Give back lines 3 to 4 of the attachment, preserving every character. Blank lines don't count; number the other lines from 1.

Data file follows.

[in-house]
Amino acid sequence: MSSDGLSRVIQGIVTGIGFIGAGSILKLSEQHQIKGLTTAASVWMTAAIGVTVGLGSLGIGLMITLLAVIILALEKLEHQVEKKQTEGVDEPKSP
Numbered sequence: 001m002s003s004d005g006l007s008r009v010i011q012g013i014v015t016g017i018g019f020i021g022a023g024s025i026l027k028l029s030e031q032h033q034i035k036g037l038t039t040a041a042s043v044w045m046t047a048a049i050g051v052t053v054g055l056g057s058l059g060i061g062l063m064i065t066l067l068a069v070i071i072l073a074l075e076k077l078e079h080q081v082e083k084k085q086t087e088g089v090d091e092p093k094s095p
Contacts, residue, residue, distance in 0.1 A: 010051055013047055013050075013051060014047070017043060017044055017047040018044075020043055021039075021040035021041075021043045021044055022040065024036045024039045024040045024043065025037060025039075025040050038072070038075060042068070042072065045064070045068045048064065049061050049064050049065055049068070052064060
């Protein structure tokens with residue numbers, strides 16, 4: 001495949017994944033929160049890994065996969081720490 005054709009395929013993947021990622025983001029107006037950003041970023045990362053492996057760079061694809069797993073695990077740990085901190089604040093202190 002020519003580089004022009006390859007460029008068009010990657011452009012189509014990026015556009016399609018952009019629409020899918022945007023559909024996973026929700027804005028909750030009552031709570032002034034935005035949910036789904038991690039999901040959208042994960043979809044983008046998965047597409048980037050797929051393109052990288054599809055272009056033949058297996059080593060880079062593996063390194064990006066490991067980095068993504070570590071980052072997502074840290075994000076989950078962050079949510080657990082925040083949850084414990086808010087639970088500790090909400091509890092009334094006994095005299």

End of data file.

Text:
Numbered sequence: 001m002s003s004d005g006l007s008r009v010i011q012g013i014v015t016g017i018g019f020i021g022a023g024s025i026l027k028l029s030e031q032h033q034i035k036g037l038t039t040a041a042s043v044w045m046t047a048a049i050g051v052t053v054g055l056g057s058l059g060i061g062l063m064i065t066l067l068a069v070i071i072l073a074l075e076k077l078e079h080q081v082e083k084k085q086t087e088g089v090d091e092p093k094s095p
Contacts, residue, residue, distance in 0.1 A: 010051055013047055013050075013051060014047070017043060017044055017047040018044075020043055021039075021040035021041075021043045021044055022040065024036045024039045024040045024043065025037060025039075025040050038072070038075060042068070042072065045064070045068045048064065049061050049064050049065055049068070052064060